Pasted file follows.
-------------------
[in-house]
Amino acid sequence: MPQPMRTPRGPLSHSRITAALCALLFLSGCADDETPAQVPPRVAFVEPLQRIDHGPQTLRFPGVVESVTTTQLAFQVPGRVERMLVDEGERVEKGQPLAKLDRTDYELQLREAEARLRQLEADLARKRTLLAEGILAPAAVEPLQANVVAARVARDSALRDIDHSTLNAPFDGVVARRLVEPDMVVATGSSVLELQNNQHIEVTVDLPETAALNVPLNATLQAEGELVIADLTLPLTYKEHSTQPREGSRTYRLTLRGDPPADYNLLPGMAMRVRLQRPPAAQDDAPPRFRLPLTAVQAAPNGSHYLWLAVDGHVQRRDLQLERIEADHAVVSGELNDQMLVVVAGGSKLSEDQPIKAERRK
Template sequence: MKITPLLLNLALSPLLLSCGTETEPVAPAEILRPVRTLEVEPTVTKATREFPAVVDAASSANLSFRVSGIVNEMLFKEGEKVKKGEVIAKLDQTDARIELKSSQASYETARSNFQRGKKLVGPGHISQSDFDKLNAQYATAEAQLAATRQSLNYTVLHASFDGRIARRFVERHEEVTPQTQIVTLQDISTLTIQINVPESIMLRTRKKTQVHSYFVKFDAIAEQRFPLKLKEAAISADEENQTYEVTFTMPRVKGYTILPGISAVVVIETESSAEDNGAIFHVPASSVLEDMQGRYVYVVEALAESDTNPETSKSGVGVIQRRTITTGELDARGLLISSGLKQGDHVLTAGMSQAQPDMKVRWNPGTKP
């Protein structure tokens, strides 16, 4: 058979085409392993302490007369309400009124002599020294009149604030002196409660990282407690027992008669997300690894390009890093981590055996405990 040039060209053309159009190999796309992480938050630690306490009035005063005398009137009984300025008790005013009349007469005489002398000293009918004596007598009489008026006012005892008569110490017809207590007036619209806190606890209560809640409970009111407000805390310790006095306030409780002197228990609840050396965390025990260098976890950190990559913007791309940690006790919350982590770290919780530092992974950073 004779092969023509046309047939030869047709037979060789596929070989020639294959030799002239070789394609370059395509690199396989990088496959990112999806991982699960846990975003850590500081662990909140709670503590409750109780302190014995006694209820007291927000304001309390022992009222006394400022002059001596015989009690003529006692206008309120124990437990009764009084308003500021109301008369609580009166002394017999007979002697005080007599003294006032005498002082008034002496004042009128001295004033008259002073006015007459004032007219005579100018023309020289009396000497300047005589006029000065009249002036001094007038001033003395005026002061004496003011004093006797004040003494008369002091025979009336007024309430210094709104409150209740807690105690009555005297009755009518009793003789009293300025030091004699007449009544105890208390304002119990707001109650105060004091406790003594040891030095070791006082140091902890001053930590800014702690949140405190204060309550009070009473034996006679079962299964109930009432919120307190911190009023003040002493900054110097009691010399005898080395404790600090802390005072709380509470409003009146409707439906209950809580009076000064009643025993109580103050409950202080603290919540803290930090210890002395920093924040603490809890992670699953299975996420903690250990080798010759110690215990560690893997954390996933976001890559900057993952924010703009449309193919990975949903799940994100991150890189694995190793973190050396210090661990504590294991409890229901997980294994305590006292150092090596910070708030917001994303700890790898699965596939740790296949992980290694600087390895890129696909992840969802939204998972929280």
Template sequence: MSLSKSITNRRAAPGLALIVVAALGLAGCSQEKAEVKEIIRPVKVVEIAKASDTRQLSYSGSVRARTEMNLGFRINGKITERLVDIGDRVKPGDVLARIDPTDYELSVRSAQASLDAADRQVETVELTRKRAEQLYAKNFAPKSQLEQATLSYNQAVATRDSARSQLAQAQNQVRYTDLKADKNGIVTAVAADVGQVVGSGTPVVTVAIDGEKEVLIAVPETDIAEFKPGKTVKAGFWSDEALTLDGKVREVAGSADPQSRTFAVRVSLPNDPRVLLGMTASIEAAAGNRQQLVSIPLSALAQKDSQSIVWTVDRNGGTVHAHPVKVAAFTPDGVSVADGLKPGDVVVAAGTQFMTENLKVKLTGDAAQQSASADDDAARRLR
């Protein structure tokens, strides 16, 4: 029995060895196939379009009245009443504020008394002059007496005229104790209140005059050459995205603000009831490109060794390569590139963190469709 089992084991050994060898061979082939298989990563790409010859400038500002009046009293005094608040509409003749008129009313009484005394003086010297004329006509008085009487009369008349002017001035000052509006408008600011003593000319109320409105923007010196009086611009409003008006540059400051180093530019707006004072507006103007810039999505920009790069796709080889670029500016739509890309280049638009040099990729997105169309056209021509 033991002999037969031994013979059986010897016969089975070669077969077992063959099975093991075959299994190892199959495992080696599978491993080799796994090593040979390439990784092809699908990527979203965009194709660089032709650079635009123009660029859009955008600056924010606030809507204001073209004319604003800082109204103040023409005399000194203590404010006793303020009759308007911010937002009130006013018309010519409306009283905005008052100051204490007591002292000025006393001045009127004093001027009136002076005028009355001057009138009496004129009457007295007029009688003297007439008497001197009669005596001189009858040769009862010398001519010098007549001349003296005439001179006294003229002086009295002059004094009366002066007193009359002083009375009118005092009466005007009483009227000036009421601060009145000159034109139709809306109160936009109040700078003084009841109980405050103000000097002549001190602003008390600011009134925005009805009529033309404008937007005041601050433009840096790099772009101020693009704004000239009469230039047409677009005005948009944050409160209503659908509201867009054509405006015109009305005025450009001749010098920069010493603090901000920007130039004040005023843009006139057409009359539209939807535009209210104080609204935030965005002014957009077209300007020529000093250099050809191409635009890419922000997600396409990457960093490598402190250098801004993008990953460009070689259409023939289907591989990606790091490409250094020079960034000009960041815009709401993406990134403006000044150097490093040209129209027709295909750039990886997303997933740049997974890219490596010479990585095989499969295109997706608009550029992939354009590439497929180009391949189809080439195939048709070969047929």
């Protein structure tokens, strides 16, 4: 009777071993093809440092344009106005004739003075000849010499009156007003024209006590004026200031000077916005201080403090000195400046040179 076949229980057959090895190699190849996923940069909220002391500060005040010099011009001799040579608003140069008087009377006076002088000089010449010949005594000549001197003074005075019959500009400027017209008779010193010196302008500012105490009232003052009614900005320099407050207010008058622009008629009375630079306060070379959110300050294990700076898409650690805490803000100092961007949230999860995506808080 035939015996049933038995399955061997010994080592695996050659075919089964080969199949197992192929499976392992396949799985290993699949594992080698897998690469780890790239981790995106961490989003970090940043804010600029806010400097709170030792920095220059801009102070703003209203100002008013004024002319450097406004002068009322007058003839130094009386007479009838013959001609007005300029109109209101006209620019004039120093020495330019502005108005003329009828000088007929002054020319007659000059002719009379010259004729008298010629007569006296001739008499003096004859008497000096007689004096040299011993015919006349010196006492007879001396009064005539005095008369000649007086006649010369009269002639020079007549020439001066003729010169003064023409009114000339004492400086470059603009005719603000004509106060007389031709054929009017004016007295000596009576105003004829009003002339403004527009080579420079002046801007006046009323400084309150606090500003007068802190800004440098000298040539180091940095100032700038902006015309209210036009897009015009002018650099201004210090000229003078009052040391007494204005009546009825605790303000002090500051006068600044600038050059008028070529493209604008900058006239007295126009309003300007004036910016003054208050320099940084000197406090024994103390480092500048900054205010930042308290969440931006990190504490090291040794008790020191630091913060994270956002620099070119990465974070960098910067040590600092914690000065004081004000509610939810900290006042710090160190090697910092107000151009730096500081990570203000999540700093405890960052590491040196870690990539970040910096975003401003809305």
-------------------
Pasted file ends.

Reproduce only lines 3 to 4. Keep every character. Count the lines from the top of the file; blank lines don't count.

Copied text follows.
Template sequence: MKITPLLLNLALSPLLLSCGTETEPVAPAEILRPVRTLEVEPTVTKATREFPAVVDAASSANLSFRVSGIVNEMLFKEGEKVKKGEVIAKLDQTDARIELKSSQASYETARSNFQRGKKLVGPGHISQSDFDKLNAQYATAEAQLAATRQSLNYTVLHASFDGRIARRFVERHEEVTPQTQIVTLQDISTLTIQINVPESIMLRTRKKTQVHSYFVKFDAIAEQRFPLKLKEAAISADEENQTYEVTFTMPRVKGYTILPGISAVVVIETESSAEDNGAIFHVPASSVLEDMQGRYVYVVEALAESDTNPETSKSGVGVIQRRTITTGELDARGLLISSGLKQGDHVLTAGMSQAQPDMKVRWNPGTKP
């Protein structure tokens, strides 16, 4: 058979085409392993302490007369309400009124002599020294009149604030002196409660990282407690027992008669997300690894390009890093981590055996405990 040039060209053309159009190999796309992480938050630690306490009035005063005398009137009984300025008790005013009349007469005489002398000293009918004596007598009489008026006012005892008569110490017809207590007036619209806190606890209560809640409970009111407000805390310790006095306030409780002197228990609840050396965390025990260098976890950190990559913007791309940690006790919350982590770290919780530092992974950073 004779092969023509046309047939030869047709037979060789596929070989020639294959030799002239070789394609370059395509690199396989990088496959990112999806991982699960846990975003850590500081662990909140709670503590409750109780302190014995006694209820007291927000304001309390022992009222006394400022002059001596015989009690003529006692206008309120124990437990009764009084308003500021109301008369609580009166002394017999007979002697005080007599003294006032005498002082008034002496004042009128001295004033008259002073006015007459004032007219005579100018023309020289009396000497300047005589006029000065009249002036001094007038001033003395005026002061004496003011004093006797004040003494008369002091025979009336007024309430210094709104409150209740807690105690009555005297009755009518009793003789009293300025030091004699007449009544105890208390304002119990707001109650105060004091406790003594040891030095070791006082140091902890001053930590800014702690949140405190204060309550009070009473034996006679079962299964109930009432919120307190911190009023003040002493900054110097009691010399005898080395404790600090802390005072709380509470409003009146409707439906209950809580009076000064009643025993109580103050409950202080603290919540803290930090210890002395920093924040603490809890992670699953299975996420903690250990080798010759110690215990560690893997954390996933976001890559900057993952924010703009449309193919990975949903799940994100991150890189694995190793973190050396210090661990504590294991409890229901997980294994305590006292150092090596910070708030917001994303700890790898699965596939740790296949992980290694600087390895890129696909992840969802939204998972929280």